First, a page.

When the boys grew up, Esau was an able and skilled hunter, a man of the outdoors, but Jacob was a quiet and peaceful man, living in tents, Genesis 25:27.

A syndrome is a condition characterized by a collection of associated symptoms.  If you closely evaluate the life of Esau, he spent so much time outdoors that he wasn’t able to become well rounded.  This short sided approach to life forced him to become dependent upon others for meals, never taking the time to learn how to cook.  Thus, this weakness was exposed following a long hunting trip, handing over his birthright to Jacob in one irrational moment.  Like the prodigal son in Luke 15, Esau squandered the inheritance due to him upon his father’s passing.  This one bad decision has defined Esau’s irrelevant life.

Jacob had cooked [reddish-brown lentil] stew [one day], when Esau came from the field and was famished; 30 and Esau said to Jacob, “Please, let me have a quick swallow of that red stuff there, because I am exhausted and famished.” For that reason Esau was [also] called Edom (Red). 31 Jacob answered, “First sell me your birthright (the rights of a firstborn).” 32 Esau said, “Look, I am about to die [if I do not eat soon]; so of what use is this birthright to me?” 33 Jacob said, “Swear [an oath] to me today [that you are selling it to me for this food]”; so he swore [an oath] to him, and sold him his birthright, Genesis 25:29-33.

The Scout’s Motto is to be prepared.  From a spiritual stand point, this involves advancing past elementary teachings, Hebrews 6:1.  This includes embracing the good with the bad, James 1:2-6, recognizing that God uses trials to take people out of their comfort zones.  These periods prune individuals, stimulating growth by removing dead areas, John 15:1-5.  As a former professional golfer, I spent most of my time on the weakest parts of my game.  If I just practiced my strengths, I would not maximize my ability to improve.  If you want to live a relevant life, make sure you develop all the areas of your life, not just the ones you like.  Prayer, discipline and accountability partners will help you overcome the Esau Syndrome by becoming mature and complete, 2 Peter 1:3-4.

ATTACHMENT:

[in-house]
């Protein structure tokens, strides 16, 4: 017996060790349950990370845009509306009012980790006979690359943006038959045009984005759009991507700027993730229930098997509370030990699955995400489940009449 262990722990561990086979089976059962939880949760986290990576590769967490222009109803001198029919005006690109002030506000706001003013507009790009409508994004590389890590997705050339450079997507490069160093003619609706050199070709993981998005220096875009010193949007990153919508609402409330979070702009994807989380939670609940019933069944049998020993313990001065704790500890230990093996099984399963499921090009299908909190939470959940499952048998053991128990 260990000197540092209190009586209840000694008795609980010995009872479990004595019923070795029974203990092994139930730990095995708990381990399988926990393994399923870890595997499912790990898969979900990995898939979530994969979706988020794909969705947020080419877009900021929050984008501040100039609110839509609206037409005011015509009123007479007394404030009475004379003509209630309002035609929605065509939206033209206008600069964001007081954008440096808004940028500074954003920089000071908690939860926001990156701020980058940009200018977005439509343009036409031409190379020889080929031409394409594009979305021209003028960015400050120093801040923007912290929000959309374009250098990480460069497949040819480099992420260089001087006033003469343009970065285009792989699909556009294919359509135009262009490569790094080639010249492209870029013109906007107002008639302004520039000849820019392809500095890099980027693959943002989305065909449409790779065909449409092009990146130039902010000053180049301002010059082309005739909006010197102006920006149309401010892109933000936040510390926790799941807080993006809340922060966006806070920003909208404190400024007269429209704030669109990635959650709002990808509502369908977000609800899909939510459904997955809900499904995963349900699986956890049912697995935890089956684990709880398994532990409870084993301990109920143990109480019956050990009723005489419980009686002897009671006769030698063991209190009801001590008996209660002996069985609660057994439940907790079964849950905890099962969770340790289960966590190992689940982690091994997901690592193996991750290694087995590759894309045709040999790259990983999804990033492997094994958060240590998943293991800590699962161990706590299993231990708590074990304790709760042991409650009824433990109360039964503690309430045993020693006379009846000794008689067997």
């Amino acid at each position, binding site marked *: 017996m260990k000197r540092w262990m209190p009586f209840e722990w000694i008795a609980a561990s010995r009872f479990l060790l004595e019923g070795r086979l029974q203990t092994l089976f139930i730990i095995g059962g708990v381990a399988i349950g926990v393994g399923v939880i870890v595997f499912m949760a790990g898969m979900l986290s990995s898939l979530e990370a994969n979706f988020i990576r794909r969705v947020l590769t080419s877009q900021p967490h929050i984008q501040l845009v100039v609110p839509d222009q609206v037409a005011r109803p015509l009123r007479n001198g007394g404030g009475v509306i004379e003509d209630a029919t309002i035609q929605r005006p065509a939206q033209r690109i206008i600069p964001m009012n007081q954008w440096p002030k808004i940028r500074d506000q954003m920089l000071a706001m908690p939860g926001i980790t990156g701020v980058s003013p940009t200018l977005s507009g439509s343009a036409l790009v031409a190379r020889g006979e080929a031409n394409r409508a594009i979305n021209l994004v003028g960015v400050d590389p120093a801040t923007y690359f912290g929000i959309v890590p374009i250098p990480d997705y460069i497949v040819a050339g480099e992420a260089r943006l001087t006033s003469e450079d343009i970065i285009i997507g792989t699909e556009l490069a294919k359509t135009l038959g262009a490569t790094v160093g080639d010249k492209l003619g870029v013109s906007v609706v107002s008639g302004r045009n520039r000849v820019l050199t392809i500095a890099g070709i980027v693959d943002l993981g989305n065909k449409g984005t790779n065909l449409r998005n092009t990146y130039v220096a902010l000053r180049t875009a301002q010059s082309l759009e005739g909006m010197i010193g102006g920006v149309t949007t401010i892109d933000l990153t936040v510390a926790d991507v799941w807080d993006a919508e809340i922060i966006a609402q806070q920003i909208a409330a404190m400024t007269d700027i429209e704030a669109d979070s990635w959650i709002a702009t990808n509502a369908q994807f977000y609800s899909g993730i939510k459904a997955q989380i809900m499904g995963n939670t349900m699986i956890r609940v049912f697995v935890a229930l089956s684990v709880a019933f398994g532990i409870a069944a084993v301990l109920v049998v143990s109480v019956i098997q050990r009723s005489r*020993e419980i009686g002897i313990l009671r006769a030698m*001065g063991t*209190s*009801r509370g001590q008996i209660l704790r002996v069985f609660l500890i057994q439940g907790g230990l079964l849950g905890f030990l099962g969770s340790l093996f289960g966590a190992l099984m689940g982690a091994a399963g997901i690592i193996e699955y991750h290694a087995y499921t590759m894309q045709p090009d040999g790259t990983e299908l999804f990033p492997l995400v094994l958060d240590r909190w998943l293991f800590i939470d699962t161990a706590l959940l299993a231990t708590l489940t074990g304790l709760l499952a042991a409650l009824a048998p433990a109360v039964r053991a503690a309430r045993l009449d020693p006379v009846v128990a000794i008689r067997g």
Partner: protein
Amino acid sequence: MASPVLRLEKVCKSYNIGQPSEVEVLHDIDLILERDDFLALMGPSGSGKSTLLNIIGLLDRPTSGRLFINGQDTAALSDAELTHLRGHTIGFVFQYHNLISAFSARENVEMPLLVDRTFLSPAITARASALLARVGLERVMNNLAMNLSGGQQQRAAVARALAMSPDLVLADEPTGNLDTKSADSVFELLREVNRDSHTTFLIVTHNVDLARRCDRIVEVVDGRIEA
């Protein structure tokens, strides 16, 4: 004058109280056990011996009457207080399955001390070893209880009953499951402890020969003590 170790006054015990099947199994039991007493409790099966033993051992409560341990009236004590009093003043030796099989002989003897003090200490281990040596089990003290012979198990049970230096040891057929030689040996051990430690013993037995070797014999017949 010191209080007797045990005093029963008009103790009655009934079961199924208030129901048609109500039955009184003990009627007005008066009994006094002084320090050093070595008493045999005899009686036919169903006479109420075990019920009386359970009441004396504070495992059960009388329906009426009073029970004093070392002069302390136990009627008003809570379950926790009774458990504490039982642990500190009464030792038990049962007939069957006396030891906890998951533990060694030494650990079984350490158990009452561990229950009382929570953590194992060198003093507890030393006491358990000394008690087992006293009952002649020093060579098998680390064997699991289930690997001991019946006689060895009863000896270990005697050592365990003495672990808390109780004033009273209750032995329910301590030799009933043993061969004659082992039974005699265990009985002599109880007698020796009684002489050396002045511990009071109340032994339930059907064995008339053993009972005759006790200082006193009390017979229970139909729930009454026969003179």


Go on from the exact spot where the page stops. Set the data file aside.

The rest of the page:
by Jay Mankus

The Power of Thanksgiving

The Hebrew word for thanksgiving is ydh, referring to a public acknowledgement.  Greek uses the term efcharisto meaning the sense of appreciation, inspiring an expression of gratitude.  When a spirit of thanksgiving is verbalized to the down trodden, hurting and needy, affirmations can uplift anyone feeling down in the dumps.

Praise the Lord! Oh give thanks to the Lord, for he is good, for his steadfast love endures forever! – Psalm 106:1

Unfortunately, there is a negative force at work in the world, breeding critics, complaining and condemnation.  Whenever human beings give into the sinful nature, acts of the flesh come forth, usually in a cruel and harsh manner.  This mental barrier prevents individuals from doing the right thing as the apostle Paul describes in Romans 7.  The only way to break free from this addictive habit is through Jesus Christ.

Give thanks in all circumstances; for this is the will of God in Christ Jesus for you, 1 Thessalonians 5:18.

As a former professional golfer, my mind always got in the way, preventing me from reaching my full potential on the golf course.  Yet, the mind also hampers those off the course, in real life, whispering doubts, failure and ungodly beliefs into your head.  Unless you confront this battle with spiritual weapons, 2 Corinthians 10:3-5, victories will be few and far between.  Despite this troubling reality, with God all things are possible.  Therefore, if you want to make a difference this holiday season, unleash the power of Thanksgiving by keeping in step with the Holy Spirit, Galatians 5:25.

by Jay Mankus

A Feel Good Story, No Matter What the Outcome

If you are sports fan, then you understand the thrill of victory and agony of defeat.  However, some cities tend to be tough luck losers, as if a curse is preventing their team from becoming champions.  The nice thing above the 2016 Major League Baseball World Series is that one of two lovable losers will be victorious.  Over the next 5 days, either the Chicago Cubs or Cleveland Indians will break droughts that have lasted a generation or two.

Now may the Lord of peace himself give you peace at all times in every way. The Lord be with you all, 2 Thessalonians 3:16.

On the road to becoming champions, those who finish second are scorned, often labeled as chokers, failures or second losers.  Instead of enjoying the journey like the Buffalo Bills of the National Football League, who is the only team to make it to 4 consecutive Super Bowls, the final score devalue their achievement.  Unfortunately, professional sports is a results driven industry causing feel good stories to be ruined by impatient fans, managers and owners.